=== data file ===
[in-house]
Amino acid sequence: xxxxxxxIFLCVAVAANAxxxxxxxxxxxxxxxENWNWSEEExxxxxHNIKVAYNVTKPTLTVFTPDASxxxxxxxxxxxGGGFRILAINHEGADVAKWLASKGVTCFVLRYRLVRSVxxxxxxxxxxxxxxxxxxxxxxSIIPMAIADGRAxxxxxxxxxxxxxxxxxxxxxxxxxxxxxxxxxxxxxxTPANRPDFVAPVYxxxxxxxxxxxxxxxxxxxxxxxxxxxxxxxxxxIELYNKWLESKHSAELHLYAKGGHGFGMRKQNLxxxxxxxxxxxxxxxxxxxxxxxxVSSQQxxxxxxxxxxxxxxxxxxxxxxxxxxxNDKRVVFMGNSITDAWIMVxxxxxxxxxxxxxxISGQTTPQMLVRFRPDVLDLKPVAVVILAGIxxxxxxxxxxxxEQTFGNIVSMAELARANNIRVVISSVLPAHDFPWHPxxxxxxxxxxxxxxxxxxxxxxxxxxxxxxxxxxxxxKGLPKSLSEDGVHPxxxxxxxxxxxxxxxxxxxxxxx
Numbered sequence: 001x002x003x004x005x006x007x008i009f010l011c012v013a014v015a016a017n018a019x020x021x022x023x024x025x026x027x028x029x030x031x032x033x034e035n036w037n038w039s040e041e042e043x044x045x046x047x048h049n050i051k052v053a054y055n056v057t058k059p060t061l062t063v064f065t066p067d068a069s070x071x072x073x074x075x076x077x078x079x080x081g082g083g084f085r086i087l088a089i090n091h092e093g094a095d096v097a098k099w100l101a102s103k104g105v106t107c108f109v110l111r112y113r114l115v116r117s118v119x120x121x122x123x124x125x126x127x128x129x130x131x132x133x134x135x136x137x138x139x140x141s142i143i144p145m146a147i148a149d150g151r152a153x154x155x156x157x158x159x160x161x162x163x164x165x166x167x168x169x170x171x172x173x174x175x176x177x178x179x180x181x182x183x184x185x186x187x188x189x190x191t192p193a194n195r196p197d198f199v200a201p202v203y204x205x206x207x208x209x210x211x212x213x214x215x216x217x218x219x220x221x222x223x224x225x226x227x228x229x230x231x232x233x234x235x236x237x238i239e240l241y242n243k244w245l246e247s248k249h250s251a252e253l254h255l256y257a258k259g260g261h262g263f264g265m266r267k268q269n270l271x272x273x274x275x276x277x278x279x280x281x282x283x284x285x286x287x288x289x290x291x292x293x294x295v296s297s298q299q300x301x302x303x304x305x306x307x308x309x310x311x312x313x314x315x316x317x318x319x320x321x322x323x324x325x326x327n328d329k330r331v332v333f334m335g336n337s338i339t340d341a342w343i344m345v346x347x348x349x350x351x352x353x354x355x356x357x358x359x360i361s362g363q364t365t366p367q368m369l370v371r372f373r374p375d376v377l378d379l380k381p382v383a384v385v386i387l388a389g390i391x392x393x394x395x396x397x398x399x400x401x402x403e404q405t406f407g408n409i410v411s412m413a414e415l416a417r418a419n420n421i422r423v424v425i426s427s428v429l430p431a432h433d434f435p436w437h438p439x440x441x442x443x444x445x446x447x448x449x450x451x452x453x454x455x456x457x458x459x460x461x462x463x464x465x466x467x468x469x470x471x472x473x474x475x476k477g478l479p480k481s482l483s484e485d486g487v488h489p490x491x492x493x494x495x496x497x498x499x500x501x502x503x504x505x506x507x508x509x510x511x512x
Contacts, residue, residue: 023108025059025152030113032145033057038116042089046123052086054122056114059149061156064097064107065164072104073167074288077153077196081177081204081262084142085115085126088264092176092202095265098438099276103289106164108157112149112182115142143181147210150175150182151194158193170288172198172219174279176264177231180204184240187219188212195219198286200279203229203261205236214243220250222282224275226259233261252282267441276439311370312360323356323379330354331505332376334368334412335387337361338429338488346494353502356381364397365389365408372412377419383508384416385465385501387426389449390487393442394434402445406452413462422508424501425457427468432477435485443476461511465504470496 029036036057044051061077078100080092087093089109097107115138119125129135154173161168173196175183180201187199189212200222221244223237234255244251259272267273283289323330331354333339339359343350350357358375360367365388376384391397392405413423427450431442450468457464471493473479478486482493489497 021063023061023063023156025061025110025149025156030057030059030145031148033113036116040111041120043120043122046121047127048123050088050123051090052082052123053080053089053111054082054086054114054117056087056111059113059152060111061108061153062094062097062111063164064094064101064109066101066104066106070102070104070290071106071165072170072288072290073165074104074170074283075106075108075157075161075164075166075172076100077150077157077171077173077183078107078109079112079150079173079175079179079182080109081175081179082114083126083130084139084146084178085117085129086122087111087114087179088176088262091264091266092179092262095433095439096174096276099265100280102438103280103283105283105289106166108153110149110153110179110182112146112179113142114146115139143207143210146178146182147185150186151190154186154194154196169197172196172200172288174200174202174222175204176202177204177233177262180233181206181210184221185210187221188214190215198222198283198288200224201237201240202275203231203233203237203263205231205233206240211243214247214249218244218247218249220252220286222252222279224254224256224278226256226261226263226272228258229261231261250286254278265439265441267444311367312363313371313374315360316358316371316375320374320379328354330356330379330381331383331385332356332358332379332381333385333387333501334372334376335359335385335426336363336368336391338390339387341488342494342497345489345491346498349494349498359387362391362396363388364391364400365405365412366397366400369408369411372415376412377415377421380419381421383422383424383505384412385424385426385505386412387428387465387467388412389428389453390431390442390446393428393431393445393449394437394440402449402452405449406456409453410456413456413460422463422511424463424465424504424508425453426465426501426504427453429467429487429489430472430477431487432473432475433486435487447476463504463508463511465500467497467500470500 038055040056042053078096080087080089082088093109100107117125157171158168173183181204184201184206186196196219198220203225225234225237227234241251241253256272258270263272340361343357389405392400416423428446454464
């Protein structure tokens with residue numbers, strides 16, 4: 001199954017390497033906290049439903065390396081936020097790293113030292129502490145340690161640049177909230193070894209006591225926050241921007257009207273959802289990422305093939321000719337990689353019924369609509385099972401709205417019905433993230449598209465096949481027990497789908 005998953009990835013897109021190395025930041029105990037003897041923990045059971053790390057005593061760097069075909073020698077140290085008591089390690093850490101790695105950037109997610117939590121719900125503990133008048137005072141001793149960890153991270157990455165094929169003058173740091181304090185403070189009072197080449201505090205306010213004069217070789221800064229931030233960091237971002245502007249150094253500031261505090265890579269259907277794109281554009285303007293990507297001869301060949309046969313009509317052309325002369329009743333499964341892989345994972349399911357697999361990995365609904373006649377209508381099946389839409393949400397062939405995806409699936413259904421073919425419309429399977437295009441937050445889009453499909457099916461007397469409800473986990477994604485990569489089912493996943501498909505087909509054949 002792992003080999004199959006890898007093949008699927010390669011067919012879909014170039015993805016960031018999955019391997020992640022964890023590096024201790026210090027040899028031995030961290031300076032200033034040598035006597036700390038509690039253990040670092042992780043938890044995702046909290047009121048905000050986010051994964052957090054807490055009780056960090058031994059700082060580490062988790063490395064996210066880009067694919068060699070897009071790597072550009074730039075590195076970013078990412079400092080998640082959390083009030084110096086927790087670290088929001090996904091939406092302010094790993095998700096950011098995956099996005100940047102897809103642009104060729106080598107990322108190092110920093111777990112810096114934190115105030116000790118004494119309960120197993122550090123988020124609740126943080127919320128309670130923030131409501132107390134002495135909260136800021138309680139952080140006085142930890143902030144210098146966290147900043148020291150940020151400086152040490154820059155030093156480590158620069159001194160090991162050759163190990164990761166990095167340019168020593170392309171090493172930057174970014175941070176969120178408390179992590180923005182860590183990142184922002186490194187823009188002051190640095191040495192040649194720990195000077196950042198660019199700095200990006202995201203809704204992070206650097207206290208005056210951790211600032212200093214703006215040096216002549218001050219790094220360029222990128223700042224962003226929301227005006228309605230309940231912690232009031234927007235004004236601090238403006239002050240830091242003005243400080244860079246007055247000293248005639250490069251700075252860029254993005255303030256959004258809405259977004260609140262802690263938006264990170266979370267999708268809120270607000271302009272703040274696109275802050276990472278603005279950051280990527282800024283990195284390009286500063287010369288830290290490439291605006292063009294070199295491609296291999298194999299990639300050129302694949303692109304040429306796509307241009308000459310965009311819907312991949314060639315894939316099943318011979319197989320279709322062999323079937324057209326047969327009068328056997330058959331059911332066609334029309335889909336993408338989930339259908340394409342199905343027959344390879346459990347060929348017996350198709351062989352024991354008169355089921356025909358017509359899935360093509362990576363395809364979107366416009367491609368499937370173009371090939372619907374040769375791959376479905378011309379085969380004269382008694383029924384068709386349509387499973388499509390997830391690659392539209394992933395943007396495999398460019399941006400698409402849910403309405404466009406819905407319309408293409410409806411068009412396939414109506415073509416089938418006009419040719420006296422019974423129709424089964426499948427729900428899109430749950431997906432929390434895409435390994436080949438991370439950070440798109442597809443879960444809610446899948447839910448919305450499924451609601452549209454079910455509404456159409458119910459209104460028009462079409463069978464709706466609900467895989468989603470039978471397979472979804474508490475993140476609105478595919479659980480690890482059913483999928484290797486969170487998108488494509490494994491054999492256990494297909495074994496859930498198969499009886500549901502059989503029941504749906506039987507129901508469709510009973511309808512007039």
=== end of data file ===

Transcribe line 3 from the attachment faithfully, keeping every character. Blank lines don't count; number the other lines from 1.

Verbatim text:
Numbered sequence: 001x002x003x004x005x006x007x008i009f010l011c012v013a014v015a016a017n018a019x020x021x022x023x024x025x026x027x028x029x030x031x032x033x034e035n036w037n038w039s040e041e042e043x044x045x046x047x048h049n050i051k052v053a054y055n056v057t058k059p060t061l062t063v064f065t066p067d068a069s070x071x072x073x074x075x076x077x078x079x080x081g082g083g084f085r086i087l088a089i090n091h092e093g094a095d096v097a098k099w100l101a102s103k104g105v106t107c108f109v110l111r112y113r114l115v116r117s118v119x120x121x122x123x124x125x126x127x128x129x130x131x132x133x134x135x136x137x138x139x140x141s142i143i144p145m146a147i148a149d150g151r152a153x154x155x156x157x158x159x160x161x162x163x164x165x166x167x168x169x170x171x172x173x174x175x176x177x178x179x180x181x182x183x184x185x186x187x188x189x190x191t192p193a194n195r196p197d198f199v200a201p202v203y204x205x206x207x208x209x210x211x212x213x214x215x216x217x218x219x220x221x222x223x224x225x226x227x228x229x230x231x232x233x234x235x236x237x238i239e240l241y242n243k244w245l246e247s248k249h250s251a252e253l254h255l256y257a258k259g260g261h262g263f264g265m266r267k268q269n270l271x272x273x274x275x276x277x278x279x280x281x282x283x284x285x286x287x288x289x290x291x292x293x294x295v296s297s298q299q300x301x302x303x304x305x306x307x308x309x310x311x312x313x314x315x316x317x318x319x320x321x322x323x324x325x326x327n328d329k330r331v332v333f334m335g336n337s338i339t340d341a342w343i344m345v346x347x348x349x350x351x352x353x354x355x356x357x358x359x360i361s362g363q364t365t366p367q368m369l370v371r372f373r374p375d376v377l378d379l380k381p382v383a384v385v386i387l388a389g390i391x392x393x394x395x396x397x398x399x400x401x402x403e404q405t406f407g408n409i410v411s412m413a414e415l416a417r418a419n420n421i422r423v424v425i426s427s428v429l430p431a432h433d434f435p436w437h438p439x440x441x442x443x444x445x446x447x448x449x450x451x452x453x454x455x456x457x458x459x460x461x462x463x464x465x466x467x468x469x470x471x472x473x474x475x476k477g478l479p480k481s482l483s484e485d486g487v488h489p490x491x492x493x494x495x496x497x498x499x500x501x502x503x504x505x506x507x508x509x510x511x512x